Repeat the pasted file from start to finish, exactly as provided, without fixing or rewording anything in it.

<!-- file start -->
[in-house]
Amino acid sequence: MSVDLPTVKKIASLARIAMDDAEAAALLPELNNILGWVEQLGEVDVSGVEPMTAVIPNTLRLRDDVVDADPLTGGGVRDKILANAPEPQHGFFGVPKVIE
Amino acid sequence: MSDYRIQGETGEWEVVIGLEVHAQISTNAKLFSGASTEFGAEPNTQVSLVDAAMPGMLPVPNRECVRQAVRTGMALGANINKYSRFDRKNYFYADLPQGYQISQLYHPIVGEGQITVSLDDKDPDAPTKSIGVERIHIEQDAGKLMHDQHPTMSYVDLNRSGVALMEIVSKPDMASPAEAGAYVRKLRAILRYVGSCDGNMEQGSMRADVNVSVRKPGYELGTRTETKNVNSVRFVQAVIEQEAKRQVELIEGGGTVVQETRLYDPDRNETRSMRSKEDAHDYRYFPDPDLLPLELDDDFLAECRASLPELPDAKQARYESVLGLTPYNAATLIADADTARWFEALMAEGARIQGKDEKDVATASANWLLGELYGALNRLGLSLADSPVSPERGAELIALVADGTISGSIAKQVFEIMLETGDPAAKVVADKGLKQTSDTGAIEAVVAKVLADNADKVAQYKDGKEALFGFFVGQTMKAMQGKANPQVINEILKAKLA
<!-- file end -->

[in-house]
Amino acid sequence: MSVDLPTVKKIASLARIAMDDAEAAALLPELNNILGWVEQLGEVDVSGVEPMTAVIPNTLRLRDDVVDADPLTGGGVRDKILANAPEPQHGFFGVPKVIE
Amino acid sequence: MSDYRIQGETGEWEVVIGLEVHAQISTNAKLFSGASTEFGAEPNTQVSLVDAAMPGMLPVPNRECVRQAVRTGMALGANINKYSRFDRKNYFYADLPQGYQISQLYHPIVGEGQITVSLDDKDPDAPTKSIGVERIHIEQDAGKLMHDQHPTMSYVDLNRSGVALMEIVSKPDMASPAEAGAYVRKLRAILRYVGSCDGNMEQGSMRADVNVSVRKPGYELGTRTETKNVNSVRFVQAVIEQEAKRQVELIEGGGTVVQETRLYDPDRNETRSMRSKEDAHDYRYFPDPDLLPLELDDDFLAECRASLPELPDAKQARYESVLGLTPYNAATLIADADTARWFEALMAEGARIQGKDEKDVATASANWLLGELYGALNRLGLSLADSPVSPERGAELIALVADGTISGSIAKQVFEIMLETGDPAAKVVADKGLKQTSDTGAIEAVVAKVLADNADKVAQYKDGKEALFGFFVGQTMKAMQGKANPQVINEILKAKLA